LEXINGTON — The Military Vehicle Presentation Association convoy rolled into Lexington on Wednesday, Aug. 28 and stopped at the Heartland Museum of Military Vehicles. More than 50 vehicles are following the route taken by the 1919 Motor Transport Corps 100 years ago.
Like the 1919 convoy, the MVPA vehicles left Washington D.C. on July 7 and will travel across 11 states, 3,200 miles, to San Francisco, Calif., and arrive on Sept. 14, 27 days later after initially setting off.
The convoy will be following the original Lincoln Highway route as much as they can, they joined the original Lincoln Highway entrance near Gettysburg, Pa. The stopping points along the Highway are several of the ones the 1919 convoy used.
Vehicles making up the convoy are from all eras, from the First World War to presently used military vehicles, including a Harley Davidson motorcycle, staff cars, Willys jeeps, 5 ton cargo truck, etc.
The MVPA convoy entered Lexington via east 13th St. around 11 a.m. and made their way down Jackson St. to the Heartland Museum to stop for lunch, the convoy then continued down the old highway to Cozad later in the afternoon.
The convoy is due to arrive in San Francisco on Sept. 14.
In 1919 the U.S. Army’s Motor Transport Corps set out on the first transcontinental convoy, a “truck train,” in an effort to show why better roads were needed across the country. Near the turn of the century, out west, the roads were little better than they had been when there were wagon trains crossing for Oregon.
In July 1919, 81 vehicles and 300 men, mostly raw recruits set out from Washington D.C. and followed the Lincoln Highway, the earliest transcontinental highway routes across the United States, when the convoy left the nation’s capitol, the Lincoln Highway was only six years old, being dedicated in 1913.
The objectives of the convoy were:
Encourage the construction of a through-route and transcontinental highway
Procure recruits for the Motor Transport Corp
Exhibit to the public the vehicles used for military purposes
Study and observe terrain and how standard army vehicles handled it.
The new recruits would be driving across the nation in surplus vehicles from World War I, as well as a litany of support vehicles and even full rolling machine shop, blacksmith and medical clinic.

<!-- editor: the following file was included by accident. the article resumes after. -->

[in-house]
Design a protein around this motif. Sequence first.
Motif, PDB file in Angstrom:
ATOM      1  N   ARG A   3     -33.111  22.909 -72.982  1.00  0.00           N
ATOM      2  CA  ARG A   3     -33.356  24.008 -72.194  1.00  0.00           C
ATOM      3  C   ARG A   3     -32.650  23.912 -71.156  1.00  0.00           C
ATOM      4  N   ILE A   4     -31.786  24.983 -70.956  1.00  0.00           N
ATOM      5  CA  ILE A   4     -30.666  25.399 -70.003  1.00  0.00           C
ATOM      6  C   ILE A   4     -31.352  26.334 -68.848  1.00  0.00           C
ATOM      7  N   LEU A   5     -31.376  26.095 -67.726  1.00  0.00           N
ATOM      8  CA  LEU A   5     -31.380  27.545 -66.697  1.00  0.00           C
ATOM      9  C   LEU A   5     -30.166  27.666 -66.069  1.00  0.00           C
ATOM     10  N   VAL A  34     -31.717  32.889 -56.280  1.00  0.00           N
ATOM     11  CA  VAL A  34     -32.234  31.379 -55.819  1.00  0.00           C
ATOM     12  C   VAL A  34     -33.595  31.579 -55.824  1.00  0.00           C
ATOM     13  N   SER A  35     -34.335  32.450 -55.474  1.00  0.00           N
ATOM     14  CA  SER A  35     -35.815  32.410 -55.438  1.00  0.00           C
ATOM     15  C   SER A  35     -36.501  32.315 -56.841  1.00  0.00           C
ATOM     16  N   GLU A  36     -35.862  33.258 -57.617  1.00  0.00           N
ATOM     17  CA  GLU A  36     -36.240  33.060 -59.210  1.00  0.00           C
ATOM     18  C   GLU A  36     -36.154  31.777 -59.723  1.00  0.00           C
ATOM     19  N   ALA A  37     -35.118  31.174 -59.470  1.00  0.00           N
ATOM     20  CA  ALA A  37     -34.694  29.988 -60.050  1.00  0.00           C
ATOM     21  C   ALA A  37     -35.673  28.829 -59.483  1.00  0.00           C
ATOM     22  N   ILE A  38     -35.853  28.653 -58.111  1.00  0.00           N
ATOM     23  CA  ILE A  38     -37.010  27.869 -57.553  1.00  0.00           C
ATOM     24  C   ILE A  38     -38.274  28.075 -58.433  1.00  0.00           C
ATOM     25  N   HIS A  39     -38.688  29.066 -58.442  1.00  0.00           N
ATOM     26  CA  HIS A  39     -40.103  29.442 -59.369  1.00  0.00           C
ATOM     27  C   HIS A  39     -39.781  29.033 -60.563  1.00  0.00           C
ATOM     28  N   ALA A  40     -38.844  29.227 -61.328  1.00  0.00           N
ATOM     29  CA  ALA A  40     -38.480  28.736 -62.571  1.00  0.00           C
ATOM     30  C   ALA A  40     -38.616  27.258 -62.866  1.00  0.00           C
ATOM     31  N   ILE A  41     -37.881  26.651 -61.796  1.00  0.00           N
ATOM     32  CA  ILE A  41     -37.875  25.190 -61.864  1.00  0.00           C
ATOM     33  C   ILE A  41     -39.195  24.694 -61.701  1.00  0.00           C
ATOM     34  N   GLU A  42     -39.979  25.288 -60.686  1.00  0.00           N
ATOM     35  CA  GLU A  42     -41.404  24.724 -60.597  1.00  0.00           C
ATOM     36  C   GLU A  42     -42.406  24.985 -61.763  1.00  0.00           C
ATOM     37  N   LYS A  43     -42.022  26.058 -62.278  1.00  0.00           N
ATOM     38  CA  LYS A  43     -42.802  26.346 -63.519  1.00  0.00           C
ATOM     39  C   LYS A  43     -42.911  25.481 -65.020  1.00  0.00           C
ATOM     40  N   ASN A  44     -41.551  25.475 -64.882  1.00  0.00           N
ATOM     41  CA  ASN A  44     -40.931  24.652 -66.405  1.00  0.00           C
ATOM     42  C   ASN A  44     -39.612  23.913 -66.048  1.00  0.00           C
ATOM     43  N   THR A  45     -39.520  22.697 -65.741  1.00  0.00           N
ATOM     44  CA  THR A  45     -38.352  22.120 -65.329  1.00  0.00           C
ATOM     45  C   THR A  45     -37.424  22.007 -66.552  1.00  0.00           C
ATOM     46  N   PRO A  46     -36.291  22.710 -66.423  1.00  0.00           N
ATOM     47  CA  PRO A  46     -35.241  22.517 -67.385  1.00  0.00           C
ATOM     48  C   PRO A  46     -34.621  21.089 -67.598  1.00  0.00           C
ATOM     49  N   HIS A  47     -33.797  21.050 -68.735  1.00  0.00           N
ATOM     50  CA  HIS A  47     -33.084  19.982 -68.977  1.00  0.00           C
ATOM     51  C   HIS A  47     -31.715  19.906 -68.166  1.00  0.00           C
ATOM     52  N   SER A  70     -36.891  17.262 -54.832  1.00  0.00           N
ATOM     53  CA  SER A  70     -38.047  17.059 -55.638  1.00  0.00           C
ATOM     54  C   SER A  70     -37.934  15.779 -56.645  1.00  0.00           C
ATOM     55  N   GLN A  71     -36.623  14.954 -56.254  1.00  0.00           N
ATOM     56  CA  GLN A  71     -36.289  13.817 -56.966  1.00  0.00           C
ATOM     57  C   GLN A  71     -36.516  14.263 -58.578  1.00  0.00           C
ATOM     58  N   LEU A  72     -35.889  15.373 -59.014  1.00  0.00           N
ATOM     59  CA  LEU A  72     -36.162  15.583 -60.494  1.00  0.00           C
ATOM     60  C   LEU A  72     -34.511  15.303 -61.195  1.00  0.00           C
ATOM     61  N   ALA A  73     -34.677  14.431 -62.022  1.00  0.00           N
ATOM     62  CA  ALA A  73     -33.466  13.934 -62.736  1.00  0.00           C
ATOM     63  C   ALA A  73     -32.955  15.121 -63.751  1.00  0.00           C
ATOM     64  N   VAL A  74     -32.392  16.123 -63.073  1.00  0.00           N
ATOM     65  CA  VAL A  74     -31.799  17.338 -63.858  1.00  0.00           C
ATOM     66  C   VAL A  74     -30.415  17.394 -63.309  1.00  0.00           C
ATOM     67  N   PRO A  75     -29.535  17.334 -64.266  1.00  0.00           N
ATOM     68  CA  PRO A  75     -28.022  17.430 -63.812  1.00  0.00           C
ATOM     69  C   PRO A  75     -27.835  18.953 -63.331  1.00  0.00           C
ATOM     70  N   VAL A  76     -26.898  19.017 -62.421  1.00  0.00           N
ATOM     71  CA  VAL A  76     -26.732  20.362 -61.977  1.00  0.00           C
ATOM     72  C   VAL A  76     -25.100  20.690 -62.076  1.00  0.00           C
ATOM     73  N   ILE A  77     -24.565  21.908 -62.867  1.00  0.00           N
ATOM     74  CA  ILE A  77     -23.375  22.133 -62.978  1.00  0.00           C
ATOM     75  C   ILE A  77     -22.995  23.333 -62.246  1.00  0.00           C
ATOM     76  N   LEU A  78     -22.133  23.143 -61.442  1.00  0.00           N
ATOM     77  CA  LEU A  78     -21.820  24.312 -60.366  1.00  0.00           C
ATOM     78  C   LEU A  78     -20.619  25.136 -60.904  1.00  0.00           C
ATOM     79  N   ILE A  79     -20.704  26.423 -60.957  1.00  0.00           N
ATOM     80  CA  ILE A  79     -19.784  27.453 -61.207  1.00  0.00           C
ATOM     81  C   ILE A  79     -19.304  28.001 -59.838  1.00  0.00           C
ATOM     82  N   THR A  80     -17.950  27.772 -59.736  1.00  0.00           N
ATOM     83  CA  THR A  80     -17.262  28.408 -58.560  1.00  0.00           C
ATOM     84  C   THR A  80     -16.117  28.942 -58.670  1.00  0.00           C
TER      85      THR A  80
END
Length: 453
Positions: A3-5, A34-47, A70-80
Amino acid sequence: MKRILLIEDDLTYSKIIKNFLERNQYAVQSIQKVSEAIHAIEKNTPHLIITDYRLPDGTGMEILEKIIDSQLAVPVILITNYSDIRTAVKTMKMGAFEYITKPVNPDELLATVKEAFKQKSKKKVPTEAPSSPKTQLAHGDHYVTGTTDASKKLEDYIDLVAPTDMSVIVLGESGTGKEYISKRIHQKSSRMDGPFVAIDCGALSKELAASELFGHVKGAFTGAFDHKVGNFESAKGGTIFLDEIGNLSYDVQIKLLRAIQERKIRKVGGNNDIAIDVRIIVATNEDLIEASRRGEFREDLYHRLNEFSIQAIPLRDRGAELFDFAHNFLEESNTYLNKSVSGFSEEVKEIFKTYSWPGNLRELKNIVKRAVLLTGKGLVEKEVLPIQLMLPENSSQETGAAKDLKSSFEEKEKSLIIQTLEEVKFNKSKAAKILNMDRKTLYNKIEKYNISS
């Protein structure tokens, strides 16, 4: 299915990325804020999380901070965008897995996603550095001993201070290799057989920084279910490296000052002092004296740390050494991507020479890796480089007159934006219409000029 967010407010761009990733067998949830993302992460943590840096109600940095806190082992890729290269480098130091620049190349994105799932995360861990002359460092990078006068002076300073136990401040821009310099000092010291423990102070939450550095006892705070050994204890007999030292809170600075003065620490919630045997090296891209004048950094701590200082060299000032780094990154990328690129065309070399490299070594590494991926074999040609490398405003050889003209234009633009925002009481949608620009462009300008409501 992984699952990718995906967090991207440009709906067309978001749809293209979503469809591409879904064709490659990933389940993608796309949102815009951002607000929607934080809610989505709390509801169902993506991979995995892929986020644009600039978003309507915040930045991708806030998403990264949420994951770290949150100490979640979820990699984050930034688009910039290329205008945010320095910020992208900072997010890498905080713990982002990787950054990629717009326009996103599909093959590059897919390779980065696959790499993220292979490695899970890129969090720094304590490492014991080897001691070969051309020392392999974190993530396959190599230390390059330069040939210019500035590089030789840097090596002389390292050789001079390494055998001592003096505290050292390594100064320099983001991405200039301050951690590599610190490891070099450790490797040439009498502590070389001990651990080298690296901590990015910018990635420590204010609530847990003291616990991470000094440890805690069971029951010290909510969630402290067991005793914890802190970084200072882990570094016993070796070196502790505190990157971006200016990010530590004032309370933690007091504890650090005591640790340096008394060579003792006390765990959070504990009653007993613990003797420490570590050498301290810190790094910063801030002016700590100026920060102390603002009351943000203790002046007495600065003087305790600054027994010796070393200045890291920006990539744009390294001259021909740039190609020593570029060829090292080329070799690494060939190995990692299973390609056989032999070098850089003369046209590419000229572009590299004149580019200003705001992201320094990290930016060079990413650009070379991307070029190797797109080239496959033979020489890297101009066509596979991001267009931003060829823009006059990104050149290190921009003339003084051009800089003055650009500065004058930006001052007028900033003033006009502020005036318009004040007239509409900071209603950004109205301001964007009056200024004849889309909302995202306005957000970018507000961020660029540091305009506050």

The convoy could travel up to 32 miles per hour, but were scheduled an average of 15 mph. One of the six rest days without travel included North Platte.
Delays were expected and there were 230 incidents which ranged from breakdowns and flat tires, to repairing bridges and getting vehicles unstuck from the road. Delays became more common after the convoy left the mostly paved roads between Pennsylvania and Illinois and went further west.
Practically all of the roads from Illinois to Nevada were unpaved. One of the convoy’s delays, from Aug. 2 to 3 was in Gothenburg.
The convoy was six days behind schedule when it reached San Francisco. Yet the high publicized convoy had completed one of its tasks, to dramatize the need for better roads and main highways.
The convoy’s trip had a big impact on a young lieutenant colonel that was a part of the continental trek, Dwight D. Eisenhower, later to be Supreme Allied Commander in Europe during World War II and the 34th President of the United States.
Eisenhower took his experience from the 1919 convoy and his appreciation of the German Reichsautobahn system to push for the building of the interstate Highway System. An interstate system was viewed as necessary for defense and economic purposes.
Lucius Clay, the man appointed with proposing an interstate plan said, “It was evident we needed better highways. We needed them for safety, to accommodate more automobiles. We needed them for defense purposes, if that should ever be necessary. And we needed them for the economy. Not just as a public works measure, but for future growth.”
The Federal Highway Act of 1956 authorized the construction of 41,000 miles of interstate roads to the tune of $26 billion dollars, the most expensive publics work project in world history.
So the next time you pull onto I-80 for a one day trip to Lincoln, Omaha or even Denver, remember the men of the original 1919 convoy who trekked across the country to prove why such a highway system was needed.